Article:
In the 1970’s a CPU such as the Z80 held about 8500 transistors, and in the 1980’s an 8086 processor held around 29,000 transistors, Todays top end CPU’s hold close to 20 Billion transistors.
Systems used to contain 1000 bytes of Ram, today’s desktops generally contain 16,000,000,000 or more of RAM.
Secondary storage of 10 million bytes was a lot in the 1980’s and today 10 TB’s would be seen as a nice amount for a home computer.
Everything is now connected by high speed networks and internal high-speed buses that allow datacenters, or cloud environments to contain thousands of high-end physical systems running operating systems that allow the hardware to be virtualized as many thousands of logical systems.
All of this complexity is abstracted to manageable units of technology. The individual components inside a silicon chip or a hard disk are no longer considered individually, as the sheer volume of them, makes such a task overly complex. Instead we consider larger and larger blocks of technology as manageable components.
The power of abstraction is that it allows command and control to be maintained, as complexity grows.
A simple way of looking at this process is to say that a large number of smaller components is harder to manage than a smaller number of large components.
We no longer see each subsystem as important, but the resultant large system is considered. When a hard disk in a raid system fails, it’s work is passed to other hard disks, and a monitor will alert an operator to swap out the failed unit. But the work continues uninterrupted.
The same goes with entire servers, a failure just means that the work is passed to other servers. In some environments the failed server is just left in the rack, not even swapped out.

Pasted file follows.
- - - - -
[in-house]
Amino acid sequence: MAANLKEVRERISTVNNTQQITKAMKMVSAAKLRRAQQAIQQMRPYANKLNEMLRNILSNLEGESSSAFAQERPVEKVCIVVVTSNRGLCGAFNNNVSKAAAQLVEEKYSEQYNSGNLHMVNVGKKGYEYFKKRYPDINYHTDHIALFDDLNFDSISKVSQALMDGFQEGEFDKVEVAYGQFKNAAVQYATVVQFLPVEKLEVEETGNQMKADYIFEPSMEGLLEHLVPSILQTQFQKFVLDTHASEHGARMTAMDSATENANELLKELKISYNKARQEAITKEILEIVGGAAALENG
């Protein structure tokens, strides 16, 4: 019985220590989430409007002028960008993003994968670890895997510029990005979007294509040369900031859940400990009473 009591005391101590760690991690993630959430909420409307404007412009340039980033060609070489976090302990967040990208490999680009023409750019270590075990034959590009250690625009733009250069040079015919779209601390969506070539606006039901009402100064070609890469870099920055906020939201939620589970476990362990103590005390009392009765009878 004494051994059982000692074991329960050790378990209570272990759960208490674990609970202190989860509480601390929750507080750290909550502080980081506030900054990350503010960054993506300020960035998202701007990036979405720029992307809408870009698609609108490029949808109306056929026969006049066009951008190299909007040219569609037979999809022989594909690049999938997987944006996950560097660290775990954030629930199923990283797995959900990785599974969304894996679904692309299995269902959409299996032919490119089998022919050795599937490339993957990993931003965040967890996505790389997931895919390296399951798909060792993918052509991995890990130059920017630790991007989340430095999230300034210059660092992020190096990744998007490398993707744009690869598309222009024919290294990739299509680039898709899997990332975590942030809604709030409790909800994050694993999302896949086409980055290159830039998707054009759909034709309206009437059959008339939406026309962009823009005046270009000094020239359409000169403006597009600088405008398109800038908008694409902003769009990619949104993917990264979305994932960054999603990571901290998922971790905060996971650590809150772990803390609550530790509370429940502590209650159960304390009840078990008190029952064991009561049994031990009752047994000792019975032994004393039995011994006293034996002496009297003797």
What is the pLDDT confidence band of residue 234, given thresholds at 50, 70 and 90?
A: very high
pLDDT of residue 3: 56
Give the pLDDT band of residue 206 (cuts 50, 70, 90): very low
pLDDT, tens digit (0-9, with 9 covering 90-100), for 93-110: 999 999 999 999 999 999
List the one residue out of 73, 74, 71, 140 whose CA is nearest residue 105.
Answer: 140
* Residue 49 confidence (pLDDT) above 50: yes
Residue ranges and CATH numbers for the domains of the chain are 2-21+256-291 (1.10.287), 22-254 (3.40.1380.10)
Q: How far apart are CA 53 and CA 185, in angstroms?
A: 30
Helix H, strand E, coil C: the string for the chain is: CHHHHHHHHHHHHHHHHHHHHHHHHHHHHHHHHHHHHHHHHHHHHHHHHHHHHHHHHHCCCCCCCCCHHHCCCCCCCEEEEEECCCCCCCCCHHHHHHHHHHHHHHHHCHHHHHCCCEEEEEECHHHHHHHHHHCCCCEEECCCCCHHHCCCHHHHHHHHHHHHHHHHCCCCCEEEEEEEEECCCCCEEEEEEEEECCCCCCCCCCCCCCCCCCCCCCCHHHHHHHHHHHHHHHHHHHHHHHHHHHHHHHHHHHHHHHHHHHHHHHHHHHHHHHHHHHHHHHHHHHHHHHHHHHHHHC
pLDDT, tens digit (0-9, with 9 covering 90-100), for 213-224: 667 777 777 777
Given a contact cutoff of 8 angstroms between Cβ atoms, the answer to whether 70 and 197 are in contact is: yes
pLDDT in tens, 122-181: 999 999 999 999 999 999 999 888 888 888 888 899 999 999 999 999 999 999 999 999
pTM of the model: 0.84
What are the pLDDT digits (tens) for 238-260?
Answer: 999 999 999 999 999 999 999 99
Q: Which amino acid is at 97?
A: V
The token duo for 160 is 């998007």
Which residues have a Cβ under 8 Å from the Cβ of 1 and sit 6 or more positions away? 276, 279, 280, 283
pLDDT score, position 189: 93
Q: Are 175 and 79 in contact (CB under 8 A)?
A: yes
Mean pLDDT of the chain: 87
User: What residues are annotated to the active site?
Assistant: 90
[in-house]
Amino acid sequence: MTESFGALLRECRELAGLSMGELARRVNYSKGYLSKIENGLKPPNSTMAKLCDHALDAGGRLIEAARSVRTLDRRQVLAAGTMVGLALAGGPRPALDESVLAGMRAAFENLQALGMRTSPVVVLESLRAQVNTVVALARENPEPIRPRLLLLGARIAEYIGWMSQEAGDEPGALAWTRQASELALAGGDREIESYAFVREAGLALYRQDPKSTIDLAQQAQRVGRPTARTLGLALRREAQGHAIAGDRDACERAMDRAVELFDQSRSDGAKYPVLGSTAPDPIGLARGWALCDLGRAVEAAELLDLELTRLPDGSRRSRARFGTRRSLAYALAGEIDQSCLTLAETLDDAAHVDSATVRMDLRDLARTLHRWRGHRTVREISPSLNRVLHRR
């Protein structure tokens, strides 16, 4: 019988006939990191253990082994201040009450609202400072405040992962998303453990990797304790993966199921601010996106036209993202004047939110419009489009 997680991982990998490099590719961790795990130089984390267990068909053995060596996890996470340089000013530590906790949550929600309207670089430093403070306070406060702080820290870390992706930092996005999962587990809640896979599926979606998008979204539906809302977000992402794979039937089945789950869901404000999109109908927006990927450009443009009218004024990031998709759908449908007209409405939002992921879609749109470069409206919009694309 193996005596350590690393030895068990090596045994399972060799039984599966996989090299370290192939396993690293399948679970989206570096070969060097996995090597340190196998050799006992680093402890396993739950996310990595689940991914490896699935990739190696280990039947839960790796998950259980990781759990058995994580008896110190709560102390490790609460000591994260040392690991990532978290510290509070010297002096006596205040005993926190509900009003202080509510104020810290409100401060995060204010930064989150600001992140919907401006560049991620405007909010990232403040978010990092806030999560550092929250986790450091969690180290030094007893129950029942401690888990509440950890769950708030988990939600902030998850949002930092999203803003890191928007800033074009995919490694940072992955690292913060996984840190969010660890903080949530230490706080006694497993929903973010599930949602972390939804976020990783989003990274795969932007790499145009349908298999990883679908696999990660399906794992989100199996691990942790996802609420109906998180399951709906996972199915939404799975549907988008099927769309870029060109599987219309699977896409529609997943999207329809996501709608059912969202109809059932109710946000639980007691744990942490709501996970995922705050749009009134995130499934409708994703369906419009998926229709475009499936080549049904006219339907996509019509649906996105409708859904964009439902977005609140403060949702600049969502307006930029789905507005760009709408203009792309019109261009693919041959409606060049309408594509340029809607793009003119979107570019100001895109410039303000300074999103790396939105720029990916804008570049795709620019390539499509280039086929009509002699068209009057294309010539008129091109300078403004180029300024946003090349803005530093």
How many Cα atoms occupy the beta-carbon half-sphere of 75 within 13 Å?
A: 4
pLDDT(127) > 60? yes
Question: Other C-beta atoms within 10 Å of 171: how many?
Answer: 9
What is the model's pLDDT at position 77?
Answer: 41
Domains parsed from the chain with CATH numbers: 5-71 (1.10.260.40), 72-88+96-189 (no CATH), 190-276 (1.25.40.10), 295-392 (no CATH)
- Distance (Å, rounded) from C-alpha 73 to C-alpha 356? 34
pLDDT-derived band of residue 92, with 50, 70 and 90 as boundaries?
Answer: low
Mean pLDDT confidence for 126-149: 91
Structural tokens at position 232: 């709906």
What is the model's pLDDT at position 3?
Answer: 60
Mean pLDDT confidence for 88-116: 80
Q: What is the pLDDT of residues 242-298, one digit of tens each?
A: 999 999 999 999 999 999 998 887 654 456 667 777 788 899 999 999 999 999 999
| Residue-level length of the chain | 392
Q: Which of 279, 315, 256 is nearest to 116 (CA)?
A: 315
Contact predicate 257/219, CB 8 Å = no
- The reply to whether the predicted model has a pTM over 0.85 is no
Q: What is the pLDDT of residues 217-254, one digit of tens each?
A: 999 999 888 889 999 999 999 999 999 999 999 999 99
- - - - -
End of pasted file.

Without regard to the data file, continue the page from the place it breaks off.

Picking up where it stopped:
Abstraction allows for all of this.
And yet when we come to monitoring business applications, many solutions fail to abstract up to the business level, continuing to just monitor at the technology level. This means that when a problem occurs the technology in use, only alerts to the technology level and not at the business level. It is left to the operators of all the technology systems to get together and debate why a business process is not working as expected.
There is a way to abstract the technology all the way up to the business processes. And where this is employed, a subtle ripple at the business processes can be identified before it is noticeable to the business users. These ripples can be monitored all the way back through the stacks of technology, so that complex relationships between many systems can be understood and their impacts on the business can be monitored and even forecast. This provides an entirely more advanced way to consider monitoring and controlling all the technology involved in delivering business. The result of thinking this way is that failures are dramatically less frequent, and the time to repair the few that may still occur are dramatically quicker. The overall cost and complexity of management is also significantly lower.
Lower costs, higher availability, Better MTBF and MTTR
Nastel is the world’s leader in providing business level monitoring for large enterprises.
To find out more visit www.nastel.com